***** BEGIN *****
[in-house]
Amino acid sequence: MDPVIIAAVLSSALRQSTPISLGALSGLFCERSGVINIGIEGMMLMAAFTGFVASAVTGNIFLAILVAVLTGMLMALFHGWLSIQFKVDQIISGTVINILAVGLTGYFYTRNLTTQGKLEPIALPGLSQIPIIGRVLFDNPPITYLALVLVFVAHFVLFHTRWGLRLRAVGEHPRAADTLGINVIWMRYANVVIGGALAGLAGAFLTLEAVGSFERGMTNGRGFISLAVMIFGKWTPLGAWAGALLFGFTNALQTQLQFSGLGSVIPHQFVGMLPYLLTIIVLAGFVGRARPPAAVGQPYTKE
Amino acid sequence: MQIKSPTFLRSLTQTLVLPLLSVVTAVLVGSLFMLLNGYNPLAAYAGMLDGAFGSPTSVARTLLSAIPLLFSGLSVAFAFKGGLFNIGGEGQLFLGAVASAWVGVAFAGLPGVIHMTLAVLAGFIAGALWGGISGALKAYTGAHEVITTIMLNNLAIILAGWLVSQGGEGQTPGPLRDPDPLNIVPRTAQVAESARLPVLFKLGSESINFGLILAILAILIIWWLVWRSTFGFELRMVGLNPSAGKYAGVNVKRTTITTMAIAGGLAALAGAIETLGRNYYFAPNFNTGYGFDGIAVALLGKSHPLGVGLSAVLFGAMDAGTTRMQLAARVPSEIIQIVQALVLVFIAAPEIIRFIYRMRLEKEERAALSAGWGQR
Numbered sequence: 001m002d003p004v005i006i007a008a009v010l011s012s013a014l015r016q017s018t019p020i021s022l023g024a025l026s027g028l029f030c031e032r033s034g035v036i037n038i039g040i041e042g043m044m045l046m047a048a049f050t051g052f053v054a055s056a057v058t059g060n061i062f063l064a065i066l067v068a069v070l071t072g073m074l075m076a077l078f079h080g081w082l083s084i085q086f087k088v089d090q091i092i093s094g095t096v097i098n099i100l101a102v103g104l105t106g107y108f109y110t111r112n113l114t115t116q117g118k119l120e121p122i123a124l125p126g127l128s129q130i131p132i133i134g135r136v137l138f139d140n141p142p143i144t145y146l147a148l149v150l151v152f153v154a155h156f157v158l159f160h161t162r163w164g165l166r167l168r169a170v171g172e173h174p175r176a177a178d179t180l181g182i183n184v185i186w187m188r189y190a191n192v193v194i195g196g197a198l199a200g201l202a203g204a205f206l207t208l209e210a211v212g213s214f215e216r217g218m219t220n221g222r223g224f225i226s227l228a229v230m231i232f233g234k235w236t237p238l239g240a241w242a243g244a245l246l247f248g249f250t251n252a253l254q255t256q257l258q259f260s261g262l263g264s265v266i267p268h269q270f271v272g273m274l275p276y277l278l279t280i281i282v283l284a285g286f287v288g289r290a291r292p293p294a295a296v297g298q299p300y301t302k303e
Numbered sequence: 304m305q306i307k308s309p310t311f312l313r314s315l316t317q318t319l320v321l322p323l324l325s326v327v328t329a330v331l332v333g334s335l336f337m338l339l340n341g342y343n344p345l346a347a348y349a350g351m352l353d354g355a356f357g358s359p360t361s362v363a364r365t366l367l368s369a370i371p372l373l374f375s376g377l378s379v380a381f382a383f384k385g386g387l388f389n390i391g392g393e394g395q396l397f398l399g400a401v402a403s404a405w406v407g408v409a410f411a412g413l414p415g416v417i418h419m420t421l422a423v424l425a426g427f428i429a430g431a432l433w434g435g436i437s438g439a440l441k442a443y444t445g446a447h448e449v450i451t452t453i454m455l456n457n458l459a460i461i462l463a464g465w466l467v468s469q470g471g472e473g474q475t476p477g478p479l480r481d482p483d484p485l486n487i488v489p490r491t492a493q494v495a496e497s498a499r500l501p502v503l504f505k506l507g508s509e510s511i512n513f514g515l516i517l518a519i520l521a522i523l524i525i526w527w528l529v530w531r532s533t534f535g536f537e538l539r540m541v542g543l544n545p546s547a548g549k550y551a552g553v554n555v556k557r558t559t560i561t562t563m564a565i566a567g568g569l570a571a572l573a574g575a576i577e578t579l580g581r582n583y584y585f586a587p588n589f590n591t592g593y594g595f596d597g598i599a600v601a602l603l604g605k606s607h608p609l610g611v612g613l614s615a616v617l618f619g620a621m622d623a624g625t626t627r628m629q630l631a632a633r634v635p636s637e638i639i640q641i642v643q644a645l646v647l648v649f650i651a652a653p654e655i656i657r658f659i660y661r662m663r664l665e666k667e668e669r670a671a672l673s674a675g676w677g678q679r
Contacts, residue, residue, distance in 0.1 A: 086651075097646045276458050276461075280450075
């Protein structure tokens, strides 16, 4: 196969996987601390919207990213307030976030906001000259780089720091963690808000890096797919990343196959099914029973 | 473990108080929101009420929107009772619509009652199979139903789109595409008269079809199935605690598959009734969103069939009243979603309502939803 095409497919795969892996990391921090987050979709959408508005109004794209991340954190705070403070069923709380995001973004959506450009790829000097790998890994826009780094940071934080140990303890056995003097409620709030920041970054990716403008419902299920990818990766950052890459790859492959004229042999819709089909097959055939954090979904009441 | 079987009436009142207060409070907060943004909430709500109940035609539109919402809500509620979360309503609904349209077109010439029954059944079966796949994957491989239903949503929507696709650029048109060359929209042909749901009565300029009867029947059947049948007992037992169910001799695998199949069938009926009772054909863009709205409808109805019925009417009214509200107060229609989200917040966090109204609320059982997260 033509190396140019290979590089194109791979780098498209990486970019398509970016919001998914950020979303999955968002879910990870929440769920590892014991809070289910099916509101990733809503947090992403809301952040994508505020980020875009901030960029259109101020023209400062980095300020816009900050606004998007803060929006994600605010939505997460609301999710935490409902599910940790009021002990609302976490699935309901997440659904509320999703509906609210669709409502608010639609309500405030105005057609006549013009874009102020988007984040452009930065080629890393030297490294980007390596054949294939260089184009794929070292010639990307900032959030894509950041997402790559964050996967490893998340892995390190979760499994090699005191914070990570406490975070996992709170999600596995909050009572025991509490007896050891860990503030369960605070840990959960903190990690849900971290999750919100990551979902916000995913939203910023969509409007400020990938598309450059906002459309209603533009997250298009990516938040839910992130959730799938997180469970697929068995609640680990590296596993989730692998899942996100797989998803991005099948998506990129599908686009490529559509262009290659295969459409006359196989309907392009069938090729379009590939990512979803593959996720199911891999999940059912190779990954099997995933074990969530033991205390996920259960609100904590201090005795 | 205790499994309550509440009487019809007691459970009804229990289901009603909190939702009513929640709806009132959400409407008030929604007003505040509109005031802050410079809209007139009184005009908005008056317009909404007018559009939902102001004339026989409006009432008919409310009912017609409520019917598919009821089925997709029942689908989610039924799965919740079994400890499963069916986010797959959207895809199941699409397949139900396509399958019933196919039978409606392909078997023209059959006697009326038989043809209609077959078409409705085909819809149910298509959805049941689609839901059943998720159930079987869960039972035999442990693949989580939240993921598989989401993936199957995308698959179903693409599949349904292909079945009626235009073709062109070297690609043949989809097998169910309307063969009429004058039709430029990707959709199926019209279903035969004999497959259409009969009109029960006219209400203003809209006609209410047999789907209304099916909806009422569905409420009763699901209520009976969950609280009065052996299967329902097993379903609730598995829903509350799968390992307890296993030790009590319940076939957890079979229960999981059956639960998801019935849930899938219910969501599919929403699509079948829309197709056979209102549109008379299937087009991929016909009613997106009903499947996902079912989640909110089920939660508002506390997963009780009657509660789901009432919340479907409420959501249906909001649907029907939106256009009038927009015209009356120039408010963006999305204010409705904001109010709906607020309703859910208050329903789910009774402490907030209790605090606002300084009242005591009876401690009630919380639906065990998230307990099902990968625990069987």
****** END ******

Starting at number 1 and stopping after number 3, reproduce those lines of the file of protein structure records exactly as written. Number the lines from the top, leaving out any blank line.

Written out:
[in-house]
Amino acid sequence: MDPVIIAAVLSSALRQSTPISLGALSGLFCERSGVINIGIEGMMLMAAFTGFVASAVTGNIFLAILVAVLTGMLMALFHGWLSIQFKVDQIISGTVINILAVGLTGYFYTRNLTTQGKLEPIALPGLSQIPIIGRVLFDNPPITYLALVLVFVAHFVLFHTRWGLRLRAVGEHPRAADTLGINVIWMRYANVVIGGALAGLAGAFLTLEAVGSFERGMTNGRGFISLAVMIFGKWTPLGAWAGALLFGFTNALQTQLQFSGLGSVIPHQFVGMLPYLLTIIVLAGFVGRARPPAAVGQPYTKE
Amino acid sequence: MQIKSPTFLRSLTQTLVLPLLSVVTAVLVGSLFMLLNGYNPLAAYAGMLDGAFGSPTSVARTLLSAIPLLFSGLSVAFAFKGGLFNIGGEGQLFLGAVASAWVGVAFAGLPGVIHMTLAVLAGFIAGALWGGISGALKAYTGAHEVITTIMLNNLAIILAGWLVSQGGEGQTPGPLRDPDPLNIVPRTAQVAESARLPVLFKLGSESINFGLILAILAILIIWWLVWRSTFGFELRMVGLNPSAGKYAGVNVKRTTITTMAIAGGLAALAGAIETLGRNYYFAPNFNTGYGFDGIAVALLGKSHPLGVGLSAVLFGAMDAGTTRMQLAARVPSEIIQIVQALVLVFIAAPEIIRFIYRMRLEKEERAALSAGWGQR